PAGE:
The only “inviolable principle” I can see is that we strive to withhold our destructive capacity to within the limits that the planet’s ecology can sustainably tolerate.

    As far as logging old-growth forests goes, has anyone worked out, were we to continue to log at the current rate for the next 100 years, how much of the forest would remain?

  2. Davey Gam Esq. August 16, 2007 at 8:02 pm #

    Dylan,
    You raise a point we have discussed before on this blog, without resolution. Why is the abolition of the smallpox virus acceptable? Is it because it is nasty to us? So are tigers and poisonous snakes. Is it because it is so small as to seem ecologically insignificant? Boxer’s point about size and space. Or is it because it is common sense to defend ourselves against disease? But then, isn’t disease one of nature’s ways of keeping populations in check? Would you see chopping down a karri tree as worse than killing virus? Why?

  3. Anon August 16, 2007 at 8:04 pm #

    I wonder what Dylan defines as ‘old growth’? I get the impression from his comment that he didn’t ‘listened’ to what Boxer wrote. Just repeating the popular.

    In my opinion – Boxer has written a great piece with much food for thought.

  4. Boxer August 16, 2007 at 9:41 pm #

    Dylan
    ” were we to continue to log at the current rate for the next 100 years, how much of the forest would remain?”

    The same area of forest that we have now, if we log at the current rate. If we log 1% of the forest each year on a 100 year rotation, the area of forest doesn’t change but it is divided into 100 age groups. Each 1% would be broken up into a mixture of 10-30 hectare clear felled areas and other larger areas of selectively cut forest.

    If we cut 5% of the forest estate each year, then after 20 years we have the same area of forest, but none of it would be more than 20 years old. This isn’t happening and it would be unacceptable to the public, and foresters. Foresters are trained to plan over centuries.

  5. gavin August 16, 2007 at 10:51 pm #

    Boxer said in sense of space “A tall straight tree is more valuable than a crooked or heavily forked tree, which comes back to the sense of order and possibly the perception of beauty being related to symmetry”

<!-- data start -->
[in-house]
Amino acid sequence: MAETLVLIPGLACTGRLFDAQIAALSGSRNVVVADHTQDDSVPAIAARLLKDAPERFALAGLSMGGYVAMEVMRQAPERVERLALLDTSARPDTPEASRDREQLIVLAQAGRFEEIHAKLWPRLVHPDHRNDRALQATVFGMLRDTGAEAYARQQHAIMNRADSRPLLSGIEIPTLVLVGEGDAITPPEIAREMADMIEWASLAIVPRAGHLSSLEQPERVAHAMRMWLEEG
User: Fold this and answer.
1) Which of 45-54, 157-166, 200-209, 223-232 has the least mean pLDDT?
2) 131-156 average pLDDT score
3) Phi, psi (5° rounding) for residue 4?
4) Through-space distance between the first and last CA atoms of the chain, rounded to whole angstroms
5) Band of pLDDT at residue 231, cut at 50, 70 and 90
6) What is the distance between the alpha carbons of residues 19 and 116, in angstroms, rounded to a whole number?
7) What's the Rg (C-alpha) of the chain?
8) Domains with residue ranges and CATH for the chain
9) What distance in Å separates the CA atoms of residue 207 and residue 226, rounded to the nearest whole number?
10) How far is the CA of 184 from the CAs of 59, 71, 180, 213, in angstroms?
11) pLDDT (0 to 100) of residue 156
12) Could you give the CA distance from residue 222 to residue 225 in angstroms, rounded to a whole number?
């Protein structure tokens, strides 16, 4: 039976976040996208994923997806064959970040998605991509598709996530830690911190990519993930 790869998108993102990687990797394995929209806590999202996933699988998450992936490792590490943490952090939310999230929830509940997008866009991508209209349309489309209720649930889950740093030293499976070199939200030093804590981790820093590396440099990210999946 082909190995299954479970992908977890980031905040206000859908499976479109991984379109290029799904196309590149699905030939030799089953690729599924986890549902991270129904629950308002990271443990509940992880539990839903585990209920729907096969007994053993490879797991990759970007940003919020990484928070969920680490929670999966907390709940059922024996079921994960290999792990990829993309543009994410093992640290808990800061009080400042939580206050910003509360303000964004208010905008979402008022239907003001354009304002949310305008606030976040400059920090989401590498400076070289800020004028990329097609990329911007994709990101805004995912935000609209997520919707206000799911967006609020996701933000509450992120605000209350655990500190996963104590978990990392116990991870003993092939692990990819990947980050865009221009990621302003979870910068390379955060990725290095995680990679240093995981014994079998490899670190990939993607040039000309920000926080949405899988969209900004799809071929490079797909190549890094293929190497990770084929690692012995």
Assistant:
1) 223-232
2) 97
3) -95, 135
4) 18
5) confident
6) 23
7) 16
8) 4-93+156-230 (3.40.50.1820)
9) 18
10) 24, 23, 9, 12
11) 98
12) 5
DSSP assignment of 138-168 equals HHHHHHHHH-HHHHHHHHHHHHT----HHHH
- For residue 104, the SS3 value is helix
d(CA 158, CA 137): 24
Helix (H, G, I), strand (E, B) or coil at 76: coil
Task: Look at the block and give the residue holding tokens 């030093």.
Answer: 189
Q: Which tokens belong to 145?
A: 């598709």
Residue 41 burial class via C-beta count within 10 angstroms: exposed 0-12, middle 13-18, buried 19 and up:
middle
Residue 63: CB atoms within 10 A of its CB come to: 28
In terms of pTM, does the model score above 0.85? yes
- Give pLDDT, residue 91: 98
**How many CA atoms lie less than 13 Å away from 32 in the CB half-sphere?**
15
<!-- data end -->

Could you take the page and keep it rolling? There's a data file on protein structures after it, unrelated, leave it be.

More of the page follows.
So I opened my book “Han Heysen Masterpieces” to check and found a rural scene featuring a willow instead of his more typical candle bark specimens.

    http://www.ngv.vic.gov.au/collection/australian/painting/h/heysen_h/education_kit.html

    Next I opened the “world of Olegas Truchanas” and immediately stopped on plate 25. Those who knew the old Lake Pedder will recall dwarf Melaleuca squamea growing naturally on the pebble beach and in the water like some weird bonsai creation.

    I say its individuals that count. Trees are casualties in many major operations. If planners can’t respect the variety of forms individuals develop then there is no hope for the rich diversity in our natural forests.

    It was road building in virgin rainforest years ago that grabbed my attention. Some of that road building was for hydro schemes, some was for mining after exciting surveys and prospecting on crown lands by private contractors we knew. Finds always created a buzz.

    In case anyone is thinking I wont know the ancient from the recent, this week ABC 7.30 had the mining revival story round the once famous silver city. “Zeehan is believing did not quite show what a scrubby world it was in between however I did see the falls on the Pieman before they were submerged and the last of that remote timber being sawn up.

    http://www.abc.net.au/7.30/content/2007/s2004058.htm

    King Billy pine was hardly ever straight. Believe me also with another point; mining and damming can sometimes create a storm.

    “Order” is not quite the same as it once was either.

  6. Dylan August 17, 2007 at 6:58 am #

    So is percentage of the forest cut down each year always intentionally based on the average age of the trees? Even forests with 400-yo years?
    If so, then there really isn’t any logical argument against such logging. Not that most people respond to logic, of course.

  7. Boxer August 17, 2007 at 8:17 am #

    Dylan

    The answer starts with “it depends”. For brevity, much of this is heavily simplified because there are so many types of forest and the practices very widely. If you have a specific forest in mind, then you have to go to the people who manage that forest.

    The age of trees is often over-stated. Average growth rate of say 10mm diameter increase per year, divided into the diameter of the biggest tree of say 2000mm does not make the big trees 200 years old. The biggest trees are biggest because they grow many times faster than the smaller trees. All the trees in the forest may actually only be 100 years old.

    But if the forest actually has trees that take 400 years to reach a mature size, then the harvesting should only take 0.25% each year, or if you take 1% a year, you know that in 100 years, harvesting will stop and you’ll have to wait 300 years to start cutting again.

    Before the States formed their forest departments early in the 20th century and slowly gained control over the industry, this happened with prized species. It’s happening now with the Asian rainforests, which is why that wood is cheap and plentiful in your local hardware store now. This is why we are exporting our environmental impact by closing up more and more of our forests in reserves.